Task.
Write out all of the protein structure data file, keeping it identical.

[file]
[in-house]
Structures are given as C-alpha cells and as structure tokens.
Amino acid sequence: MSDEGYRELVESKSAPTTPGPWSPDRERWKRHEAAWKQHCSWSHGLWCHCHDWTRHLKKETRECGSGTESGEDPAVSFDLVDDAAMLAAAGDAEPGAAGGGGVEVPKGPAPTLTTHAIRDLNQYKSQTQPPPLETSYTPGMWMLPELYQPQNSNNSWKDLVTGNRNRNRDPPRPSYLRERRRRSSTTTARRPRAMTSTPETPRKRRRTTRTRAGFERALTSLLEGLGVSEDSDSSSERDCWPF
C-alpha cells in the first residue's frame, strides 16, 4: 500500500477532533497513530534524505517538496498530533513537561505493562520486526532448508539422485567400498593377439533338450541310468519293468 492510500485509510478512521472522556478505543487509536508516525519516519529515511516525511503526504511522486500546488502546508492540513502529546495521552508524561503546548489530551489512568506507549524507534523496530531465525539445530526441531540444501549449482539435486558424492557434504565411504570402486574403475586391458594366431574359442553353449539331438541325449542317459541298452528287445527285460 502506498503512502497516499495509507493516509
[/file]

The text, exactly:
[in-house]
Structures are given as C-alpha cells and as structure tokens.
Amino acid sequence: MSDEGYRELVESKSAPTTPGPWSPDRERWKRHEAAWKQHCSWSHGLWCHCHDWTRHLKKETRECGSGTESGEDPAVSFDLVDDAAMLAAAGDAEPGAAGGGGVEVPKGPAPTLTTHAIRDLNQYKSQTQPPPLETSYTPGMWMLPELYQPQNSNNSWKDLVTGNRNRNRDPPRPSYLRERRRRSSTTTARRPRAMTSTPETPRKRRRTTRTRAGFERALTSLLEGLGVSEDSDSSSERDCWPF
C-alpha cells in the first residue's frame, strides 16, 4: 500500500477532533497513530534524505517538496498530533513537561505493562520486526532448508539422485567400498593377439533338450541310468519293468 492510500485509510478512521472522556478505543487509536508516525519516519529515511516525511503526504511522486500546488502546508492540513502529546495521552508524561503546548489530551489512568506507549524507534523496530531465525539445530526441531540444501549449482539435486558424492557434504565411504570402486574403475586391458594366431574359442553353449539331438541325449542317459541298452528287445527285460 502506498503512502497516499495509507493516509